Hurricane Bertha (1996)
Hurricane Bertha at peak intensity
|Formed||July 5, 1996|
|Dissipated||July 18, 1996|
|(extratropical after July 14, 1996)|
|Highest winds||1-minute sustained:
115 mph (185 km/h)
|Lowest pressure||960 mbar (hPa); 28.35 inHg|
|Damage||$335 million (1996 USD)|
|Areas affected||Leeward Islands, Puerto Rico, North Carolina, Mid-Atlantic States, New England|
|Part of the 1996 Atlantic hurricane season|
Hurricane Bertha was an intense and early-forming major hurricane that affected areas from the Leeward Islands to the United States in July of the 1996 Atlantic hurricane season. The second tropical cyclone and named storm during the season, Bertha originated from a tropical wave that moved off the coast of Africa in early July. Steadily organizing while moving generally towards the west, the disturbance was designated as a tropical depression at 0000 UTC on July 5, and was further upgraded to a tropical storm by 1200 UTC later that day. Over the next few days, continued intensification occurred, and Bertha became a Category 1 hurricane on the Saffir-Simpson hurricane scale, the first hurricane of the season, prior to moving through the northern Leeward Islands. Late on June 8, a period of rapid intensification began, and at 0600 UTC on July 9, Bertha reached its peak intensity with maximum sustained winds of 115 mph (185 km/h) with a minimum barometric pressure of 960 mbar (28 inHg). Moving around the western periphery of the subtropical ridge, Bertha passed north of the Bahamas as a weakening hurricane before turning towards the north-northeast and undergoing another period of rapid intensification. Late on July 12, Bertha made landfall between Wrightsville Beach, North Carolina and Topsail Beach, North Carolina with winds of 90 mph (140 km/h). Gradual weakening ensued the following day as Bertha moved up the Mid-Atlantic and into New England before becoming an extratropical cyclone on July 14.
As Bertha passed through the northern Leeward Islands, it caused moderate to severe damage. In the U.S. Virgin Islands, heavy rainfall, hurricane-force winds, and significant property damage was reported. In addition, many boats were destroyed, and total damage was estimated near $7.5 million (1996 USD). In Puerto Rico, effects from Bertha were very similar to those in the U.S. Virgin Islands. Heavy rainfall was recorded, peaking over half a foot in isolated areas. Despite this, reports of widespread inland flooding were scarce. Tropical storm-force winds were observed, which is the cause of two indirect fatalities, when they were killed in a traffic accident. One death was directly attributed to Bertha when a tourist drowned in rough seas in Luquillo, Puerto Rico. Damage in Puerto Rico was also estimated to be near $7.5 million. The most devastating effects from the hurricane occurred in the United States, more specifically the state of North Carolina. Several fishing piers, marinas, and boats were destroyed as a result of Bertha's storm surge, and buildings across the eastern portion of the state were significantly damaged. Moderate rainfall spread across much of the Mid-Atlantic and Northeast as Bertha moved towards the north, along with winds in excess of tropical storm force. In total, twelve fatalities were caused by Hurricane Bertha, primarily in Florida from rough seas.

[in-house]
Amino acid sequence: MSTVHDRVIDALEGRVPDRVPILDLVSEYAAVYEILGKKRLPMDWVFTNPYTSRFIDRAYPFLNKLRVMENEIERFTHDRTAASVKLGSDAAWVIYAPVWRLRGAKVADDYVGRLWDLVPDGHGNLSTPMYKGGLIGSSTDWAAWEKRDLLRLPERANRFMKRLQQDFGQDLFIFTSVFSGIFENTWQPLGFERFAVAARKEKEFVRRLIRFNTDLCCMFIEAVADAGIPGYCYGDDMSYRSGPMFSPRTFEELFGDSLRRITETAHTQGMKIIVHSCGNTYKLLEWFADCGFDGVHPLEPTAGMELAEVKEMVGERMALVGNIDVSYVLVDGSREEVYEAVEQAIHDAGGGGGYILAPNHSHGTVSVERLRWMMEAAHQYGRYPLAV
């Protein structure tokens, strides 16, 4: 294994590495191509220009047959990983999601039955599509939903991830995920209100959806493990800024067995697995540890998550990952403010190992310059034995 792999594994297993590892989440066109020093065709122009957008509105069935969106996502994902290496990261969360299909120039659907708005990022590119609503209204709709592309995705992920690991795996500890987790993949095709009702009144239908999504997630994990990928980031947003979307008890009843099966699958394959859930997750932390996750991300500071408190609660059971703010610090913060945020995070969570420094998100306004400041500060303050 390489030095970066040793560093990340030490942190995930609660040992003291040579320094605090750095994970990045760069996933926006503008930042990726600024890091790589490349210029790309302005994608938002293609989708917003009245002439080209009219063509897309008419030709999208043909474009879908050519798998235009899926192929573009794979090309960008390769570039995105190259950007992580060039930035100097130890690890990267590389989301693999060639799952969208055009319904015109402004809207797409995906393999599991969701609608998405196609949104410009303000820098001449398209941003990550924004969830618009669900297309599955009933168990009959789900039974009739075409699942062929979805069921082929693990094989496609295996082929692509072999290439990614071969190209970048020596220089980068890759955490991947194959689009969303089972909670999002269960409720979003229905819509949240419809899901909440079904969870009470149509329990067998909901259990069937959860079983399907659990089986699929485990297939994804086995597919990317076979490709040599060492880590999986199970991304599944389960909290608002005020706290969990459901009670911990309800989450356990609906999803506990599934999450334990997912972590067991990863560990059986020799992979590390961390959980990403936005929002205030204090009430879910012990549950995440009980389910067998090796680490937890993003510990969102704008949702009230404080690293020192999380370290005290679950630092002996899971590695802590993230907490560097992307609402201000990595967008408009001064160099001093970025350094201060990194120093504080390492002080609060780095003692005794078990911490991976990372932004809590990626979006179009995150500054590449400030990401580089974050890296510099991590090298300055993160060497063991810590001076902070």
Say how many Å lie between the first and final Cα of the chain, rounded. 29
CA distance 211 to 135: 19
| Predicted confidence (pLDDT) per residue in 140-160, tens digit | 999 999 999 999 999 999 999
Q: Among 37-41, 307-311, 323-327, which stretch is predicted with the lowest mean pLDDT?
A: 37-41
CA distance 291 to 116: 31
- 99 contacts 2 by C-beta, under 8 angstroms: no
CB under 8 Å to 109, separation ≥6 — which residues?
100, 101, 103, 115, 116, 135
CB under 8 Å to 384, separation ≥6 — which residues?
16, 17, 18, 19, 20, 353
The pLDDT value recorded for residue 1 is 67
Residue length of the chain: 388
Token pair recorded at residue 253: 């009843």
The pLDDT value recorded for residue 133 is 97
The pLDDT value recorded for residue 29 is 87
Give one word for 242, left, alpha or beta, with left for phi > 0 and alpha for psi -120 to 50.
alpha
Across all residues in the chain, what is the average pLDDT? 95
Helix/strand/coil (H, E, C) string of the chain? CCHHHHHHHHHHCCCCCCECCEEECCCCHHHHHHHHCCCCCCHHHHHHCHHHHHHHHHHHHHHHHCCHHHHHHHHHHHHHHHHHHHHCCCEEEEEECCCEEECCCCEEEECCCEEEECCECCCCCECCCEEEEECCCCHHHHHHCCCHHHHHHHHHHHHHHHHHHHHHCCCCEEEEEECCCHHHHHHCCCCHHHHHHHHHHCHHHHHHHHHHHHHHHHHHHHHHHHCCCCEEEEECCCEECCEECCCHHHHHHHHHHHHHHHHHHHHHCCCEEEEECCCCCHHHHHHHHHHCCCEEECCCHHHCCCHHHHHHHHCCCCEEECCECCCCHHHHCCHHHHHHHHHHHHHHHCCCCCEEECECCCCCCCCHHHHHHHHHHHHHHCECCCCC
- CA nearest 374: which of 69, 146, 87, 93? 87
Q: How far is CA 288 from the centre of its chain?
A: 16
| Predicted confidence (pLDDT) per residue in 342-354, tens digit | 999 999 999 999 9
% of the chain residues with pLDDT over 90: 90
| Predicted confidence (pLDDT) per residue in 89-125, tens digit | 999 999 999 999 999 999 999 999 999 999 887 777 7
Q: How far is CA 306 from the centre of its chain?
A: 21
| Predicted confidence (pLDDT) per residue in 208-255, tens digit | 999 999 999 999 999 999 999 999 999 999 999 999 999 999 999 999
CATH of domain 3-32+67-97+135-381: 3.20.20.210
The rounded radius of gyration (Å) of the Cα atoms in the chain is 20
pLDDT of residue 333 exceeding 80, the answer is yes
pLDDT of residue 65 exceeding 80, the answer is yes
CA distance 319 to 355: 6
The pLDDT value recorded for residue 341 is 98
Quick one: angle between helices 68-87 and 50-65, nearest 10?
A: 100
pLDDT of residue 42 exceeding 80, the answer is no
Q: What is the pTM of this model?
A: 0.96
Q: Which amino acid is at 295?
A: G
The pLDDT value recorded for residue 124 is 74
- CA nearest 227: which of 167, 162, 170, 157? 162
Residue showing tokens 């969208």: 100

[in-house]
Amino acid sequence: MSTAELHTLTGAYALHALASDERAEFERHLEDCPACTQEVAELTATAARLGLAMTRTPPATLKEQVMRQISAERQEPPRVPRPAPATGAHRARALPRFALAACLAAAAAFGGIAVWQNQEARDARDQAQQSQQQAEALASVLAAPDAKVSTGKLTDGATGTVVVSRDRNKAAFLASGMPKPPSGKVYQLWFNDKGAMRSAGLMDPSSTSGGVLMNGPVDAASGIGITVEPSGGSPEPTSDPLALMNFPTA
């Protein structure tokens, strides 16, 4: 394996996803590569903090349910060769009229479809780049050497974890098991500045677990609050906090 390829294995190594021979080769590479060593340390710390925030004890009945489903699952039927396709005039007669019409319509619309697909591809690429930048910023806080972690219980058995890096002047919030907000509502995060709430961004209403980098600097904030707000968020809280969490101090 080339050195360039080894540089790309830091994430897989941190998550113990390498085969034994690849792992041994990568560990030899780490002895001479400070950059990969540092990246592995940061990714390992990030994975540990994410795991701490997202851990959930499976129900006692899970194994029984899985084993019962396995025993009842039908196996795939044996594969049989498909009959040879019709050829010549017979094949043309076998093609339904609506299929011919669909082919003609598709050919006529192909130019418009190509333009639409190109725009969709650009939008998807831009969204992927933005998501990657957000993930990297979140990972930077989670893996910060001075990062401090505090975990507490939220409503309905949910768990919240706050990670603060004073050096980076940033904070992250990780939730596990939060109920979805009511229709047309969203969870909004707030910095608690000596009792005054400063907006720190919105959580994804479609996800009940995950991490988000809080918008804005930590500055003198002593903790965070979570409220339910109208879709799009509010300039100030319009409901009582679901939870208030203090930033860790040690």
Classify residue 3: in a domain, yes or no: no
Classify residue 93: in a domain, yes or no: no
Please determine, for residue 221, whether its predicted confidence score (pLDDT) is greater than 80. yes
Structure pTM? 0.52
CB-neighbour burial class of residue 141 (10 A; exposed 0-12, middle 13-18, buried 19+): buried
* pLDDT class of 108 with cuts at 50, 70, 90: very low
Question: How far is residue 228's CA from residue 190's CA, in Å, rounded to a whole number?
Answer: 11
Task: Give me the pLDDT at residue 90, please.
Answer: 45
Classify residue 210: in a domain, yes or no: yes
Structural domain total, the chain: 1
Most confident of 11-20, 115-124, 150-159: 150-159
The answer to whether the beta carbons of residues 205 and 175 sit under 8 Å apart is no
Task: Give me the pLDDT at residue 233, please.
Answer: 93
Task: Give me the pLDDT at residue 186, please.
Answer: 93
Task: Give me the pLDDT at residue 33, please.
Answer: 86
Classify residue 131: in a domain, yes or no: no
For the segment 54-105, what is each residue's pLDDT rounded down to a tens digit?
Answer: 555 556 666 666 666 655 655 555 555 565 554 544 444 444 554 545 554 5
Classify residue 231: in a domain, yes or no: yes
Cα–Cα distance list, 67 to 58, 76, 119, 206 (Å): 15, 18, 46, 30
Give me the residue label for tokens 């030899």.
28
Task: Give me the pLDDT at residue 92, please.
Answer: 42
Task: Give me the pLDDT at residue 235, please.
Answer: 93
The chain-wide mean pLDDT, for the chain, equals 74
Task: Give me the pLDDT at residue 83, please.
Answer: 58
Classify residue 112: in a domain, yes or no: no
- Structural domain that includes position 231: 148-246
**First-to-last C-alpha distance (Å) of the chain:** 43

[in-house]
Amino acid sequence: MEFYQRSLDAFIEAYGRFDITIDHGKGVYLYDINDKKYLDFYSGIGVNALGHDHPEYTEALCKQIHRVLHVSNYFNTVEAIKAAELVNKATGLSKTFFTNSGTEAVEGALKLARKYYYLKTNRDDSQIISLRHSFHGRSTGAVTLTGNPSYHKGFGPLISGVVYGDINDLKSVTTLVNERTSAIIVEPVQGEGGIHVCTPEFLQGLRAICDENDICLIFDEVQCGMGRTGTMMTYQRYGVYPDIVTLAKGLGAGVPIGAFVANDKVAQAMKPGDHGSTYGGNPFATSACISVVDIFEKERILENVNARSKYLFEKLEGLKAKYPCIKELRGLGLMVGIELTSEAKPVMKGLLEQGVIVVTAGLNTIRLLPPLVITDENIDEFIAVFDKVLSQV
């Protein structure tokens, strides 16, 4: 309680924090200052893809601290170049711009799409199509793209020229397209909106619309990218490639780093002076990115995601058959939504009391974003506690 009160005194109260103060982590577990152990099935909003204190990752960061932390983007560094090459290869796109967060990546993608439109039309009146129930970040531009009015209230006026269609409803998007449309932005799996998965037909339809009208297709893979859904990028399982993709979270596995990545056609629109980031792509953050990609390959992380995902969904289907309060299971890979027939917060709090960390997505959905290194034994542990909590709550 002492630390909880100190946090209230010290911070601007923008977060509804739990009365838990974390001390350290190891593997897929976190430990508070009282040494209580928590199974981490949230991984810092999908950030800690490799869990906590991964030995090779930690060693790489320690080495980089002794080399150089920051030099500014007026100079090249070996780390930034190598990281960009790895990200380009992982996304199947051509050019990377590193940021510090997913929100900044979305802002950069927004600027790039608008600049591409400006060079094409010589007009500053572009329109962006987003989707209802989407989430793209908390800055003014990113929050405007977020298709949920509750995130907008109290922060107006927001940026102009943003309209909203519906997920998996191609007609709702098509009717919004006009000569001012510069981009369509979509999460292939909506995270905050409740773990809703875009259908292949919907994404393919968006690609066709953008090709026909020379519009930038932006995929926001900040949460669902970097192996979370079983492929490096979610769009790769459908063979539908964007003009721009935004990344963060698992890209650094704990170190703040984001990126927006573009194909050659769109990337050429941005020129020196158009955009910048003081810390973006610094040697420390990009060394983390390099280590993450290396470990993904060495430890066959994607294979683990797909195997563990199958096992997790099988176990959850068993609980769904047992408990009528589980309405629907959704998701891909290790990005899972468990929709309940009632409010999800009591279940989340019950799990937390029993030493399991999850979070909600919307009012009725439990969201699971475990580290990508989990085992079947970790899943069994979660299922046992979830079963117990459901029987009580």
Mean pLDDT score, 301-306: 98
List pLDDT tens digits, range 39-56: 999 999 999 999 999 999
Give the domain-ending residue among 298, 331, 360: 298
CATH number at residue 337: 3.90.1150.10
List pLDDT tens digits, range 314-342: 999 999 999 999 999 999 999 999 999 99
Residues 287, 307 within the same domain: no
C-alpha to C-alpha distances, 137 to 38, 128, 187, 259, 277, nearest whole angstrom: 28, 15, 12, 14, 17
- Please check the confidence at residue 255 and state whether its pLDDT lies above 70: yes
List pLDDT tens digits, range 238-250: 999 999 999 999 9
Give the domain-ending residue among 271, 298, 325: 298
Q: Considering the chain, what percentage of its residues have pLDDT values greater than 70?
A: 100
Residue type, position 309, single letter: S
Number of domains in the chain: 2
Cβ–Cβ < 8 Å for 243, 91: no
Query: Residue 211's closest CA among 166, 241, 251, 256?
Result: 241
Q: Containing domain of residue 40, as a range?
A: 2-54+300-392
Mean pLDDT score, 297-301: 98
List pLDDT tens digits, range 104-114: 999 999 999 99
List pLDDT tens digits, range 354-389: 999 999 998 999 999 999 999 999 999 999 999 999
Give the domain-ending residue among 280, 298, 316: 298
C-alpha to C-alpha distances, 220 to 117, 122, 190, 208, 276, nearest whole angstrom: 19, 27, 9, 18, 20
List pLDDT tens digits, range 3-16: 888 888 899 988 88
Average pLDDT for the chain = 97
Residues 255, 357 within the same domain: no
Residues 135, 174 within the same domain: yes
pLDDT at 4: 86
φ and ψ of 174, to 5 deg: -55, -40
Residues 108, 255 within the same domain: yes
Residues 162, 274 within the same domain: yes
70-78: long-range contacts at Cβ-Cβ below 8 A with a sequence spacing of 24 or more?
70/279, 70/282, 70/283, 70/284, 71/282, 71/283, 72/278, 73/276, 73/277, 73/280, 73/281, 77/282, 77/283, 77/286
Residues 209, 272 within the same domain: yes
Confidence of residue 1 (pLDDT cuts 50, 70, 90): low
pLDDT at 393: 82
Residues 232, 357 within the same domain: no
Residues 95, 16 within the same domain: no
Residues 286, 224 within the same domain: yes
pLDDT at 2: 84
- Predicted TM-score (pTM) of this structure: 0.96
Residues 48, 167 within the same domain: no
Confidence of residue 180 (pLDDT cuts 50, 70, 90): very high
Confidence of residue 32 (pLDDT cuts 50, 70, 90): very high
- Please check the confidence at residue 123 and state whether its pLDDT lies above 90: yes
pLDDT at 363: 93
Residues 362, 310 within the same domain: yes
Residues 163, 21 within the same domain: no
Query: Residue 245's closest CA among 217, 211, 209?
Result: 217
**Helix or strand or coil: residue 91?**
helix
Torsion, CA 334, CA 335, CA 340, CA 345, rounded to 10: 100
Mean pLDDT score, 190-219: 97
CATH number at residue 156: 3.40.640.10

On July 1, a tropical wave emerged off of the coast of Africa. On July 3, a weak low-level circulation developed while located 500 miles (800 km) south of Cape Verde. The disturbance moved westward, and on July 5, it strengthened into a tropical depression in the central Atlantic. The depression tracked westward across the open waters of the Atlantic along the western periphery of a subtropical ridge. Later that day, the depression was upgraded to a tropical storm. Over the next three days, Bertha tracked west-northwest while gradual intensification was occurring. On July 7, Tropical Storm Bertha was upgraded to a hurricane with sustained winds of 75 mph (120 km/h) while east of Guadeloupe.
The next day, the center of circulation passed over Antigua as Bertha traversed the extreme northeastern portion of the Caribbean Sea causing moderate to minor damages. After that, Bertha passed rapidly in the southern portion of Sint Maarten, 10 months after Hurricane Luis ravaged the island as a strong category 1 hurricane causing moderate damage to homes,and uprooted trees, sunk boats. Pressure fall to 985 mb and gust over 75 mph (120 km/h) in the Princess Juliana Airport. The storm gradually turned to the northwest on July 9 as maximum sustained winds reached 100 knots (190 km/h) while located 120 miles (190 km) northwest of Puerto Rico. Because the highest winds were located on the northeastern portion of the circulation, Puerto Rico received only tropical storm force winds near 50 mph. Forward speed slowed to 15 mph (25 km/h) as Bertha passed within 60 miles (100 km) of the Turks and Caicos, just before reaching its peak intensity.